Report: 87% of U.S. Households Viewed Streaming Services Last Quarter as Pay-TV Cancellations Slowed
Research firm Kantar has released the results of its latest survey of TV viewing habits across the United States. The report has a ton of information for streaming services and consumers to digest, as well as a much-needed piece of good news for pay-TV providers.
Kantar’s survey found that 87% of respondents said that they accessed streaming TV in one form or another during the third quarter of 2022. Interestingly, subscription video-on-demand (SVOD) services now reach 82% of households, down 1% from Q2. That difference is made up for by ad-supported video-on-demand (AVOD) and free ad-supported TV (FAST) services, which each grew their household penetration by 1% in Q3.
AVOD services are now used in 28% of U.S. homes, while 24% use FAST platforms according to the survey.
Despite the 1% decline in the space, SVOD losses were not equal across the board. Smaller services Apple TV+ and Paramount+ both saw quarter-over-quarter growth rates of over 10%, while Prime Video, Netflix, and SHOWTIME were the only services that actually lost subscribers in the U.S., while every other SVOD saw its domestic numbers increase in Q3.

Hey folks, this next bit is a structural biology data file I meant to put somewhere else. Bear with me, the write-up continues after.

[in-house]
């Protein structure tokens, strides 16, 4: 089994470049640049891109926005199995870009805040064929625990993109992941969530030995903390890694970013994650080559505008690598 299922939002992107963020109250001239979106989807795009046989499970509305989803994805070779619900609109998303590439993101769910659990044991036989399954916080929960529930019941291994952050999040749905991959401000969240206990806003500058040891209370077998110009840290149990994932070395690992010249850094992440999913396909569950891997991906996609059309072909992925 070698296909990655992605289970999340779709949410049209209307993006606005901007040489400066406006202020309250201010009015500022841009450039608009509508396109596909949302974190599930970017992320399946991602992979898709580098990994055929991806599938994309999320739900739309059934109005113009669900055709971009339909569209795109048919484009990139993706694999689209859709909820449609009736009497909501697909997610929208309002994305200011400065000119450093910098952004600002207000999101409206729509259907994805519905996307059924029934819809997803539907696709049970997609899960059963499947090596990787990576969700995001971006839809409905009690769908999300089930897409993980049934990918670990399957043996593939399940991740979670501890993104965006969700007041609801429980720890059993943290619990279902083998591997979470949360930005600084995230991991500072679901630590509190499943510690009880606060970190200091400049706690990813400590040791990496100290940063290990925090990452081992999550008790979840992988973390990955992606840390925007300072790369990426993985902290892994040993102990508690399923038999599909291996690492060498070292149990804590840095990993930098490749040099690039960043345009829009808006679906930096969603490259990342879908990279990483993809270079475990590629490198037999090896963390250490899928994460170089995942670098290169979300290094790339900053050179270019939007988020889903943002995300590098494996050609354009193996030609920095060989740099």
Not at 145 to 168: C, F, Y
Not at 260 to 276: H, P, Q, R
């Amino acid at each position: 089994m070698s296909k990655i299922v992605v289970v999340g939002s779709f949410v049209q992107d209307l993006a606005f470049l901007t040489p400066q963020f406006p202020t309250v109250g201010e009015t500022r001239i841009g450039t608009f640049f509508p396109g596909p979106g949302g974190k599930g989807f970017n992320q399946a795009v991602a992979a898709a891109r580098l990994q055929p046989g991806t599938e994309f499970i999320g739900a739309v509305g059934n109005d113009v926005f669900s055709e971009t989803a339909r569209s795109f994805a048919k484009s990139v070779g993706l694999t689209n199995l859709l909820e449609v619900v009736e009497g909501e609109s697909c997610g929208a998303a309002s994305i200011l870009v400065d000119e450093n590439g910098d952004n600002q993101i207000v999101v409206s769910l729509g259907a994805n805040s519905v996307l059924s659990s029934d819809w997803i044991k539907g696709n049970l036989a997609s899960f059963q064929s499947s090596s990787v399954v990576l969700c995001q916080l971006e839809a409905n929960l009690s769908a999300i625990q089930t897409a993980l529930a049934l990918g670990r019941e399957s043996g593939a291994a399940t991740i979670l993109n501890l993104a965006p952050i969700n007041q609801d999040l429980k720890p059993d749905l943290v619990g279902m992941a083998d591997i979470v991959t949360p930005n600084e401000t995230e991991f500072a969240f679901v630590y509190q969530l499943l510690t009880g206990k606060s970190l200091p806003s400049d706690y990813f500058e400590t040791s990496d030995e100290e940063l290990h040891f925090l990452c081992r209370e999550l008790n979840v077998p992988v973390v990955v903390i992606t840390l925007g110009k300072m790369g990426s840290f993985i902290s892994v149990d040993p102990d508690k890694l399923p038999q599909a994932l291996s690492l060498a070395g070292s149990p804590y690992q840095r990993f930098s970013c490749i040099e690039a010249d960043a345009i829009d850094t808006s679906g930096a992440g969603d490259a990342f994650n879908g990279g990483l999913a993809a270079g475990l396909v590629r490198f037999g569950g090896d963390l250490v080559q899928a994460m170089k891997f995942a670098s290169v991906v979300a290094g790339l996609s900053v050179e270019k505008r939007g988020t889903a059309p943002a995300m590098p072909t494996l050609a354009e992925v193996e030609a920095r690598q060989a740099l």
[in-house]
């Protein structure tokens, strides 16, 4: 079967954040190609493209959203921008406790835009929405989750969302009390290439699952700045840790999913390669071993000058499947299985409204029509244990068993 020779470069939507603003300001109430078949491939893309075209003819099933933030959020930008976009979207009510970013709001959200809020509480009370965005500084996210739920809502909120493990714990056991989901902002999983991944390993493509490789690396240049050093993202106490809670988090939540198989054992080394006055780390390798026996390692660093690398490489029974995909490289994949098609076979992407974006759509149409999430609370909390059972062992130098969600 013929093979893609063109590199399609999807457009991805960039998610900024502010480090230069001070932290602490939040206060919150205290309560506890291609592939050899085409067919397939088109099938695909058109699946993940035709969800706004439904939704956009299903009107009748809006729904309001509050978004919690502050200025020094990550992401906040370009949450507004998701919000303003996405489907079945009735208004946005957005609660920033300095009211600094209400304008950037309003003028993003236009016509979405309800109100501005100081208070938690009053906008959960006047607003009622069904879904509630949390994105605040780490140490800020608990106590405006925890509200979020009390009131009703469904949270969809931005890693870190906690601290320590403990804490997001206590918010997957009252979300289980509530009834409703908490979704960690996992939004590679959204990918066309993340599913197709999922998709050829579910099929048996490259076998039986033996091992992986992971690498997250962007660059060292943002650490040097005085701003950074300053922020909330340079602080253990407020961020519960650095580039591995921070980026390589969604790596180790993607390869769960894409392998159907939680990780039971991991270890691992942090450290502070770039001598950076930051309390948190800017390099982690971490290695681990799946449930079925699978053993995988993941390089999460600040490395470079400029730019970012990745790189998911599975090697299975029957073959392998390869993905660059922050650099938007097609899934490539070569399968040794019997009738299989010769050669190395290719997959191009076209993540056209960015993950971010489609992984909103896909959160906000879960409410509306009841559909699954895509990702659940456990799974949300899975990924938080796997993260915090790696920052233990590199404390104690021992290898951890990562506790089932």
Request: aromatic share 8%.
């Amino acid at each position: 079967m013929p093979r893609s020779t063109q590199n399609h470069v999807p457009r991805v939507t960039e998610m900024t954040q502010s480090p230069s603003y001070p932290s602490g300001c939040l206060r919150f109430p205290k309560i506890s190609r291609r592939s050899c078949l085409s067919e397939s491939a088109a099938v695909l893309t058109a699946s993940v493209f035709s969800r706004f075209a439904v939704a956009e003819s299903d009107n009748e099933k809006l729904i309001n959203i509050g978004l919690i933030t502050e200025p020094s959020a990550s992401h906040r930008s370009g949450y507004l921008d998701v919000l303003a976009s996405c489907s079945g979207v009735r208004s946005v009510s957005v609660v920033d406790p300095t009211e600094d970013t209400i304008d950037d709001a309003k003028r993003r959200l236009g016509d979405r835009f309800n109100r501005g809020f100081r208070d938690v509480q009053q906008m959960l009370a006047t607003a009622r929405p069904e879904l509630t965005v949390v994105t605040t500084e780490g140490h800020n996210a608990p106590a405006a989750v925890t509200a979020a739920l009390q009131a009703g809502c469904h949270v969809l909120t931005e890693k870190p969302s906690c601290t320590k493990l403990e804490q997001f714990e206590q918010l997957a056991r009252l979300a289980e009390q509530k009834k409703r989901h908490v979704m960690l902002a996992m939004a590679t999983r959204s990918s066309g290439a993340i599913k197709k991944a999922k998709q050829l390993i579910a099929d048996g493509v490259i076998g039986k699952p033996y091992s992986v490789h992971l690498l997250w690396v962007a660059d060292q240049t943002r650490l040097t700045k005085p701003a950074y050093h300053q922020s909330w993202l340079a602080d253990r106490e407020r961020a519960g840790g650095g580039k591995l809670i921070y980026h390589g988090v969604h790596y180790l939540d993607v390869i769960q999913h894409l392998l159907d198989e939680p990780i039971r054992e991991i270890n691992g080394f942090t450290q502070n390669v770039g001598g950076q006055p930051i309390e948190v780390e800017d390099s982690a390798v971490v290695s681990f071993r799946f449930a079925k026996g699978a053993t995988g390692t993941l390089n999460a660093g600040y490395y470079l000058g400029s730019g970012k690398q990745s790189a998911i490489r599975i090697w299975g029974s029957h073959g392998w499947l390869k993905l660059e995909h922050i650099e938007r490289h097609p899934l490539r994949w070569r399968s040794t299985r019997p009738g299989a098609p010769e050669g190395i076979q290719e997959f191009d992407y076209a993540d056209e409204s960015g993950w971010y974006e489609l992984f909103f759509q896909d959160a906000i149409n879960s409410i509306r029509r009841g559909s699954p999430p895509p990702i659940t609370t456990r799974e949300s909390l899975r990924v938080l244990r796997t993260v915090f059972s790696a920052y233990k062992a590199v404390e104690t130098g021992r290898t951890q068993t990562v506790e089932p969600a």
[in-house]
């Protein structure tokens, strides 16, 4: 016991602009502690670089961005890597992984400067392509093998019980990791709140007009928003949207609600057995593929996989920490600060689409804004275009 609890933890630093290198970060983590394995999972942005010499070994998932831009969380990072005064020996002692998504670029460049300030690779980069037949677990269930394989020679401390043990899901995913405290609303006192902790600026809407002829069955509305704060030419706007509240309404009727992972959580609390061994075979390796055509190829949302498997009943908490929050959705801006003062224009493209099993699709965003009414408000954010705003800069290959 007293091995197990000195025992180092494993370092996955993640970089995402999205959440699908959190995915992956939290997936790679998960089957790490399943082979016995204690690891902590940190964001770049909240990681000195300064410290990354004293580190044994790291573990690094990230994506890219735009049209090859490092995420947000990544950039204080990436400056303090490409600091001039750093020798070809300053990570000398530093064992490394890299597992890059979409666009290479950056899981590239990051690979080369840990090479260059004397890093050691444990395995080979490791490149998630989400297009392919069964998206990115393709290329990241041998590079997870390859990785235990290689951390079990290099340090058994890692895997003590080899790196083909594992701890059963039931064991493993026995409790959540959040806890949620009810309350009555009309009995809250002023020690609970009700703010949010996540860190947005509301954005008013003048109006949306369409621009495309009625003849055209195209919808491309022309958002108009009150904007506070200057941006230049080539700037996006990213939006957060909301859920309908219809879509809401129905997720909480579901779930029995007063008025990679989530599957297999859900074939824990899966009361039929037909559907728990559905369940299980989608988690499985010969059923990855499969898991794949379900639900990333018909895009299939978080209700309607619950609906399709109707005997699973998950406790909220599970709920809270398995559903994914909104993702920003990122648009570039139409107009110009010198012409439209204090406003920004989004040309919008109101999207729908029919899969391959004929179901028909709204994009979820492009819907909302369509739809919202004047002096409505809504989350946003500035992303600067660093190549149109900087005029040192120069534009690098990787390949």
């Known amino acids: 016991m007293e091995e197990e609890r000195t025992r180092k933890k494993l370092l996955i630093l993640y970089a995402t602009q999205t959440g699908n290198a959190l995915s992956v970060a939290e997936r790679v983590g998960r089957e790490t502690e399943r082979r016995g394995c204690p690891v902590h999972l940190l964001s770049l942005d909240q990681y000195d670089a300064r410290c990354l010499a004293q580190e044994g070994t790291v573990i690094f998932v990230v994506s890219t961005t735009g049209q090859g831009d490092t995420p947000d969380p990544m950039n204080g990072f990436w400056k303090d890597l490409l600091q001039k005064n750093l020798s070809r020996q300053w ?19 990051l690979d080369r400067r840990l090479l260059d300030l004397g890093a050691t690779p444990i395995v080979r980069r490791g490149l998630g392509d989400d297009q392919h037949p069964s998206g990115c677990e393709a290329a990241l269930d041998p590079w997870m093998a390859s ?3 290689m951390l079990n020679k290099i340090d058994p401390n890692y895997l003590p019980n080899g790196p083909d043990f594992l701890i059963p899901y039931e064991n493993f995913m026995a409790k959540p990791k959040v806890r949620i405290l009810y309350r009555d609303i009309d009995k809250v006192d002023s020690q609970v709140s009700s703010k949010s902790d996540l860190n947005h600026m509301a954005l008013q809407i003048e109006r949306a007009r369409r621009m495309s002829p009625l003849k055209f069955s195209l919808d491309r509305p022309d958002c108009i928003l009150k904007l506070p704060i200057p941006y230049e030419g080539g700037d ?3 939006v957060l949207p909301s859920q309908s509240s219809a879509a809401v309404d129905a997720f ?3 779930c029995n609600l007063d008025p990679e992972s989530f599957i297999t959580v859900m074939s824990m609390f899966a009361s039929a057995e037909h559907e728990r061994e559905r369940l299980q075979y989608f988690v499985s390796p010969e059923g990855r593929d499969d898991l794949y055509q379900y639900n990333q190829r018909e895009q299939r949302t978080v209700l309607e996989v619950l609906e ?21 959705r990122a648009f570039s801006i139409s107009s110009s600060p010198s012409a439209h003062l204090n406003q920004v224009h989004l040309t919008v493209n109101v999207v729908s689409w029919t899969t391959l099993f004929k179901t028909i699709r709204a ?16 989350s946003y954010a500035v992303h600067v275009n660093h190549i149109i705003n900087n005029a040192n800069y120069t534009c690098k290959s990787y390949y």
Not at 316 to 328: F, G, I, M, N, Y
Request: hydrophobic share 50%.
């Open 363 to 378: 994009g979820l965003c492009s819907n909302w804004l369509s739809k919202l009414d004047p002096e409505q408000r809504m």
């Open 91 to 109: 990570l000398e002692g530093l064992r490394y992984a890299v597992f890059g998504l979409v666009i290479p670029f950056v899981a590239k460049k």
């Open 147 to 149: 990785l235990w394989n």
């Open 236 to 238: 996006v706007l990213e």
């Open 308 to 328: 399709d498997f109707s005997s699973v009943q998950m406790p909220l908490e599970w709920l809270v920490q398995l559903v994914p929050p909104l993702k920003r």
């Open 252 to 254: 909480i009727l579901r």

The Netflix earning report showed that the streamer add 2.4 million subscribers globally and 104,000 in the U.S. and Canada. However, Kantar’s research indicates that Netflix actually lost customers domestically, primarily due to cost. The good news for Netflix is that it may be able to lure those customers back when it launches its new, cheaper AVOD tier on Nov. 3.
There was good news mixed in with the bad for Prime Video as well. Although it lost subscribers in Q3 according to Kantar, part of that loss was the expected exodus of subscribers who signed up for a promotional period during Prime Day. Kantar’s research found that Prime Video secured the highest percentage of customers who said they signed up for a new service in the third quarter, likely driven by the beginning of “Thursday Night Football” in September.
Finally, Kantar’s research offered a glimmer of hope for pay-TV providers. The data showed that cable TV cancelations slowed from over 1 million households in Q2 to around 300,000 households in Q3. Audiences are no longer cutting costs at the rate they were in Q2. Instead, they are more likely to keep their cable TV and subscribe to higher-cost streaming services than they were in the previous quarter.
That’s good news for cable now, but the economic outlook over the next year may dampen enthusiasm a bit. If the economy does suffer, cable cancelations may rise dramatically as people look to cut expensive items from their budgets.